UNBORN babies' hearts can be damaged if their mothers are overweight and smoke, a study has shown.
Scientists studied data on 797 live and stillborn babies and aborted foetuses with congenital heart problems.
They were compared with 322 babies and foetuses having chromosomal abnormalities but no heart defects.
Birth abnormalities affecting the heart were much more common among children, and foetuses, whose mothers both smoked and were overweight.
Women with both risk factors were more than twice as likely to give birth to a baby with a congenital heart defect as those with just one.
Mothers defined as "overweight" had a Body Mass Index (BMI) of 25 or more.
On the BMI scale, which relates height and weight, "overweight" is classified as between 25 to 29.9 and "obese" as 30 and above.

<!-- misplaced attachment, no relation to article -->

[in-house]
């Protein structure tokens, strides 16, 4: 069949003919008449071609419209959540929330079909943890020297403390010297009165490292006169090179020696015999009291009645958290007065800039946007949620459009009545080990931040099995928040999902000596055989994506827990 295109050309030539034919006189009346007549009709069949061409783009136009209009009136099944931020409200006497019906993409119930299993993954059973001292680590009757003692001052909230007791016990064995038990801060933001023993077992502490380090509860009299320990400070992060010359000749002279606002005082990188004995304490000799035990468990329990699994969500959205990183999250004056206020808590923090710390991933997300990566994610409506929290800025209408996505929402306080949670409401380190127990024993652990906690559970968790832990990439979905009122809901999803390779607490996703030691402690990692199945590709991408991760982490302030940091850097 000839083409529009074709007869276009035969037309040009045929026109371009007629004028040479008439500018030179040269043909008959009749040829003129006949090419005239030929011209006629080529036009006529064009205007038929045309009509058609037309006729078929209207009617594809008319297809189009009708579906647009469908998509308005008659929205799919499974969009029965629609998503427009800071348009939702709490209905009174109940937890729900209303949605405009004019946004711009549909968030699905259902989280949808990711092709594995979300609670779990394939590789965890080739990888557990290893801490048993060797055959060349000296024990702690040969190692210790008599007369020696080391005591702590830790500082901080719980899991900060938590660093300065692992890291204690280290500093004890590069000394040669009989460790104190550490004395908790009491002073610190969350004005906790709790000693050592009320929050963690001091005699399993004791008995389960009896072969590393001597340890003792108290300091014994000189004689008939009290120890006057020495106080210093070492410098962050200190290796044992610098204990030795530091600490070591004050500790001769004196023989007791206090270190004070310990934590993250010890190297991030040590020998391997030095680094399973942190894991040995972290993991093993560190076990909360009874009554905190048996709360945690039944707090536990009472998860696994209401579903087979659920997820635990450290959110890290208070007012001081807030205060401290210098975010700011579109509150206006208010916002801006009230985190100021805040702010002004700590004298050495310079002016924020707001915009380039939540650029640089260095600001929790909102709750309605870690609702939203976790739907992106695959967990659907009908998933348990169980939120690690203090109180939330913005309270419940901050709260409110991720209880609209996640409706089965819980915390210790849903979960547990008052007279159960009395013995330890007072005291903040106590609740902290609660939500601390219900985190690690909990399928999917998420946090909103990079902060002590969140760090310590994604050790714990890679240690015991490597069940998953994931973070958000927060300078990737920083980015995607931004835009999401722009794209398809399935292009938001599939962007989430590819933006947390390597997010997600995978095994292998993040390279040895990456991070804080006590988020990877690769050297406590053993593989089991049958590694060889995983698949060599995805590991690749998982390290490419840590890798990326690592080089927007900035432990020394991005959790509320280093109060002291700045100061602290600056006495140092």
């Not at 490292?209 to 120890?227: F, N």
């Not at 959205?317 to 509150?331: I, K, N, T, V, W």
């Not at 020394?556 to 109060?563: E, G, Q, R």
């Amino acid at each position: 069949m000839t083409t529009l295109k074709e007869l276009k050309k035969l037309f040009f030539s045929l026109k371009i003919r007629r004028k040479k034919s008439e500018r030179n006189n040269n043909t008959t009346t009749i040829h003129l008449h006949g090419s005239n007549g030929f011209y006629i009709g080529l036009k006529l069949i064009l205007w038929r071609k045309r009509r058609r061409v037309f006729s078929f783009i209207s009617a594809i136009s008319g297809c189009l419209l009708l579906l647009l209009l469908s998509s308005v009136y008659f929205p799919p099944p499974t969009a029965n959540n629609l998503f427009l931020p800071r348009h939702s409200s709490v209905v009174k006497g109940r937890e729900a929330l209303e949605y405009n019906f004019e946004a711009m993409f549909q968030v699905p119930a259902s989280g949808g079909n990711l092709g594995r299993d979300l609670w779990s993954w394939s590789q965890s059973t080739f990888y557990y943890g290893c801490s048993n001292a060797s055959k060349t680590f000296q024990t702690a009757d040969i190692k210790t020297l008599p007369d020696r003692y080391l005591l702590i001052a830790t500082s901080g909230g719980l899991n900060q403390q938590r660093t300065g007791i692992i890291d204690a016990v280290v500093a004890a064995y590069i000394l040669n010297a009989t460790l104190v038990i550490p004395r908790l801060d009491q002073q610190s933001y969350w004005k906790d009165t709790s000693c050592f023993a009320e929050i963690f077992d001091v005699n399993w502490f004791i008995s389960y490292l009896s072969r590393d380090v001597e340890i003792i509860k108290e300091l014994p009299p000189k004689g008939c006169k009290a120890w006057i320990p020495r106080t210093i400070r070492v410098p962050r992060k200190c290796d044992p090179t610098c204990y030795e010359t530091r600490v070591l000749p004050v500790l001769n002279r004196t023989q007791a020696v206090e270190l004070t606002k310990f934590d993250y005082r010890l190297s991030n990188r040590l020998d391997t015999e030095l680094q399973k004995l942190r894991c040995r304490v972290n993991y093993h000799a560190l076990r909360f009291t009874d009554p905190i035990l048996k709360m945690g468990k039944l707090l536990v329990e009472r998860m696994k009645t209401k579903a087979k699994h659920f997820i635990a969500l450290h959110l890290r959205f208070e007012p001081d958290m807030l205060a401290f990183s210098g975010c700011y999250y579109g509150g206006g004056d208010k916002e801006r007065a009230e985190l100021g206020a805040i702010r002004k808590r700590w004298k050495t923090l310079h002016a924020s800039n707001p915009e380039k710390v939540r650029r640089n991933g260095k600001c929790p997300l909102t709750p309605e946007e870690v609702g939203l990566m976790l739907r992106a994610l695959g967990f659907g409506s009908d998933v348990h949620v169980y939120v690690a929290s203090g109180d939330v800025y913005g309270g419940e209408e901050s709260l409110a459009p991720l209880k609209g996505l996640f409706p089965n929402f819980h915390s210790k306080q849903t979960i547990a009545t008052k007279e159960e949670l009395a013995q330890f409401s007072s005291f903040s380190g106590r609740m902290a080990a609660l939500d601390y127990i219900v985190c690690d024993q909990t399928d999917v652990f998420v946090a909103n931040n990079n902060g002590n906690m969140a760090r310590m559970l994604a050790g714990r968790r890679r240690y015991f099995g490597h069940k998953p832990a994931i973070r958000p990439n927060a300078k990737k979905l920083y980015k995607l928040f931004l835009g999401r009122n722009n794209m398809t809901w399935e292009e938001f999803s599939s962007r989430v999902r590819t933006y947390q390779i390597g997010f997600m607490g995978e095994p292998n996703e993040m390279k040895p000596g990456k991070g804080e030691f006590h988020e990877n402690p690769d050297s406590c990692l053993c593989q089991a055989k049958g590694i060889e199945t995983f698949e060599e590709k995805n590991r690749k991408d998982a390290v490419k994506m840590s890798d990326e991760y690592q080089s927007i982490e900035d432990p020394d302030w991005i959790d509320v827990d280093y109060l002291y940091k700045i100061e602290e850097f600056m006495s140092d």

The risk of specific abnormalities which reduce the flow of blood from the heart's ventricle pumping chambers was more than tripled in mothers who smoked and were overweight.
Writing in the journal Heart, the authors, led by Dr Maria Bakker from the University of Groningen in the Netherlands, said: "Maternal overweight and smoking may have a synergistic adverse effect on the development of the foetal heart.
"Overweight women who wish to become pregnant should be strongly encouraged to stop smoking and to lose weight."
Around eight in 1,000 babies are affected by congenital heart abnormalities, but a likely cause is found in only 15% of cases.
Scientists believe the new findings point to a poor balance between levels of "good" and "bad" cholesterol.
Disturbances in blood cholesterol levels are known to be associated with obesity and smoking.
Other risk factors for congenital heart abnormalities include diabetes, rubella infection and epilepsy.